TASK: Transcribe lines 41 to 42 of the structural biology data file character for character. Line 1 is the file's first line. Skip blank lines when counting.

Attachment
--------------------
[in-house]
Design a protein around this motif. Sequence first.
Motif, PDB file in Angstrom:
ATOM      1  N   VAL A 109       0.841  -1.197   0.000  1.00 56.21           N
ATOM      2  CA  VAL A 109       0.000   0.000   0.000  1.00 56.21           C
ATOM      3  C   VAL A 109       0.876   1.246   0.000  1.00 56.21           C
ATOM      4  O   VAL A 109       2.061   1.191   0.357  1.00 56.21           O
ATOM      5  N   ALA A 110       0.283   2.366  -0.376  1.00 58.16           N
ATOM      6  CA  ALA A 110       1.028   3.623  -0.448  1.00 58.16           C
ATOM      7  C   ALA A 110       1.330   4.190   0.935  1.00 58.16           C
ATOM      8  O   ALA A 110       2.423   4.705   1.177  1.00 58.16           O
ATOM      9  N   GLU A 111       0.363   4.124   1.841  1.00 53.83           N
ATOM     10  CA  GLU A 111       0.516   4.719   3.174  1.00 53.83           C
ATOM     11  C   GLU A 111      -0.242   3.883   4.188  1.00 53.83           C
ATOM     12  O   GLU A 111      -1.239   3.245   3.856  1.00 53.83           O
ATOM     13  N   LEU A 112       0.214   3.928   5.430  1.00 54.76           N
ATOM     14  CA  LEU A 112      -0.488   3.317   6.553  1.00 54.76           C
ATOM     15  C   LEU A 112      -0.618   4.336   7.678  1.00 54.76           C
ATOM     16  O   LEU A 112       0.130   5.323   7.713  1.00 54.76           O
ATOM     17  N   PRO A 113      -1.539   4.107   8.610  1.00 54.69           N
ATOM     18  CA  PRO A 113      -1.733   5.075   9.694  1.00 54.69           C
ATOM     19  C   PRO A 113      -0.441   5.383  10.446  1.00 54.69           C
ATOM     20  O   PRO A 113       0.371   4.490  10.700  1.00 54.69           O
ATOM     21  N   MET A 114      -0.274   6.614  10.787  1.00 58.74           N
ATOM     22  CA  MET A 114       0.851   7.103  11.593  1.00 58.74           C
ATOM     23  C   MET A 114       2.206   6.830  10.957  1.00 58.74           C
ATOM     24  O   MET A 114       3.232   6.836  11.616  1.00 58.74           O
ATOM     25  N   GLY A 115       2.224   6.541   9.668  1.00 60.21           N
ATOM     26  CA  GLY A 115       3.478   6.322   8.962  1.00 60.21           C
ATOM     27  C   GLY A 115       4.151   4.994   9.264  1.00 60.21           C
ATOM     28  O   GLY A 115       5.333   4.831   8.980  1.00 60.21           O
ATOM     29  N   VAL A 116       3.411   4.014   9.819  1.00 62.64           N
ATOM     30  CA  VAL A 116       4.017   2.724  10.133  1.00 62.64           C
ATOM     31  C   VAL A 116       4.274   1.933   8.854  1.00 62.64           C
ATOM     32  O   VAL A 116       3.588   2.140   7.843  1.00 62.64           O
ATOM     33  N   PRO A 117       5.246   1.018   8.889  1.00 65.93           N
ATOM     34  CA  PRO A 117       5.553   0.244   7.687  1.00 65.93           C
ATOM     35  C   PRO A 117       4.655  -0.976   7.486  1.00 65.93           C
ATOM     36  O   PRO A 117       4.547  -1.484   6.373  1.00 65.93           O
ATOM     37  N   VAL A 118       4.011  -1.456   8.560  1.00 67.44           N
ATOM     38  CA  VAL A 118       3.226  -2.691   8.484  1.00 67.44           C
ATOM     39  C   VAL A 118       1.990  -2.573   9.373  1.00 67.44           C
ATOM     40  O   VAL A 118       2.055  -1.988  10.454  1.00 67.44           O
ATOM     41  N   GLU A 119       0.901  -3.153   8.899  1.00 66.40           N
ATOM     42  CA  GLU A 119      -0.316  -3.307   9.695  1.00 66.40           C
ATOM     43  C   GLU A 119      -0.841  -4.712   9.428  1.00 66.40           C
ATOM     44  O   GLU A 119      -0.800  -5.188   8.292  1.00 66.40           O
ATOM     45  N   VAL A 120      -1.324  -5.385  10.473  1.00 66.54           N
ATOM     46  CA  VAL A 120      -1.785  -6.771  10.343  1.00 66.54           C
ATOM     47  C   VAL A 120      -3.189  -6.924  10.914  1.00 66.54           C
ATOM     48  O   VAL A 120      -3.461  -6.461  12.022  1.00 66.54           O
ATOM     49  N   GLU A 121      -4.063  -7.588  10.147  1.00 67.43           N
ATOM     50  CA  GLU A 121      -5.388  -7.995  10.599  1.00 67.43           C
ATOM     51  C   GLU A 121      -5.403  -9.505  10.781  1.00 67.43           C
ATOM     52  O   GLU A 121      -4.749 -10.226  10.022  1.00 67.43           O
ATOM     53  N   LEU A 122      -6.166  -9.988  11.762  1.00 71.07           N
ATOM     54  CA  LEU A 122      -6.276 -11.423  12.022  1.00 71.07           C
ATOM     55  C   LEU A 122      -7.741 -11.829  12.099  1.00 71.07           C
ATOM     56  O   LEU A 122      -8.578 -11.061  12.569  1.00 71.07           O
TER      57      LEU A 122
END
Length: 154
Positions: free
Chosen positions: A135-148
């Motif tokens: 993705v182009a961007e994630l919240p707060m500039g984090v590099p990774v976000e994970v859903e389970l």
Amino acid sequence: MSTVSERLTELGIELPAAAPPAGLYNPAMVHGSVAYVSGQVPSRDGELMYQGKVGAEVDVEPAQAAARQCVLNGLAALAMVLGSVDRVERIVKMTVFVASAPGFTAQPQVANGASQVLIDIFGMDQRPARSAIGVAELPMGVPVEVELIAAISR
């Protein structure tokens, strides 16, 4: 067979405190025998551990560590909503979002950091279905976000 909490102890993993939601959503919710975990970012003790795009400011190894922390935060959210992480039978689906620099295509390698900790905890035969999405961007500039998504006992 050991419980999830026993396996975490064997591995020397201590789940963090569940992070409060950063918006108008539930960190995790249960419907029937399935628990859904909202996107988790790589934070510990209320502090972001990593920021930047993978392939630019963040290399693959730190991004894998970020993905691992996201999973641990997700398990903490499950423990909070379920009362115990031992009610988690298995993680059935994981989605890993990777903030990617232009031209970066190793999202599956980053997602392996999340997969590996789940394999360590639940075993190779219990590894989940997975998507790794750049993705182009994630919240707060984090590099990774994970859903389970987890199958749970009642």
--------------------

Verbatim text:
ATOM     38  CA  VAL A 118       3.226  -2.691   8.484  1.00 67.44           C
ATOM     39  C   VAL A 118       1.990  -2.573   9.373  1.00 67.44           C